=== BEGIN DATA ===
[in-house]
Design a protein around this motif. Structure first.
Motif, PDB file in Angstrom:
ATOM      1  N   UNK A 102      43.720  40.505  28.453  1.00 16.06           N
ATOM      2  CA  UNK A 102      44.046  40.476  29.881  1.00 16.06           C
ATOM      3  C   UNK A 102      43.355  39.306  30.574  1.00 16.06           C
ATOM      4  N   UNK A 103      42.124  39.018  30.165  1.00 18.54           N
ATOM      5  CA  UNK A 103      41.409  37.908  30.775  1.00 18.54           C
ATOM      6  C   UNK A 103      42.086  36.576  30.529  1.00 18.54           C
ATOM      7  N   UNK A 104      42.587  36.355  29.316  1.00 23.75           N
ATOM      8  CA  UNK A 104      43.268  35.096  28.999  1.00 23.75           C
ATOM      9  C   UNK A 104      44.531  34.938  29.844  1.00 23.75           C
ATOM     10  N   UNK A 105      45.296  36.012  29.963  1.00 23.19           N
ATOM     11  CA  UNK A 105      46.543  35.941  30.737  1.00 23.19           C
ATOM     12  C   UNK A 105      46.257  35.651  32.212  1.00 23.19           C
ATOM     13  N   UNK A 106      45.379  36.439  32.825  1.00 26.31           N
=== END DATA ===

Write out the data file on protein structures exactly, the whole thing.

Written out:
[in-house]
Design a protein around this motif. Structure first.
Motif, PDB file in Angstrom:
ATOM      1  N   UNK A 102      43.720  40.505  28.453  1.00 16.06           N
ATOM      2  CA  UNK A 102      44.046  40.476  29.881  1.00 16.06           C
ATOM      3  C   UNK A 102      43.355  39.306  30.574  1.00 16.06           C
ATOM      4  N   UNK A 103      42.124  39.018  30.165  1.00 18.54           N
ATOM      5  CA  UNK A 103      41.409  37.908  30.775  1.00 18.54           C
ATOM      6  C   UNK A 103      42.086  36.576  30.529  1.00 18.54           C
ATOM      7  N   UNK A 104      42.587  36.355  29.316  1.00 23.75           N
ATOM      8  CA  UNK A 104      43.268  35.096  28.999  1.00 23.75           C
ATOM      9  C   UNK A 104      44.531  34.938  29.844  1.00 23.75           C
ATOM     10  N   UNK A 105      45.296  36.012  29.963  1.00 23.19           N
ATOM     11  CA  UNK A 105      46.543  35.941  30.737  1.00 23.19           C
ATOM     12  C   UNK A 105      46.257  35.651  32.212  1.00 23.19           C
ATOM     13  N   UNK A 106      45.379  36.439  32.825  1.00 26.31           N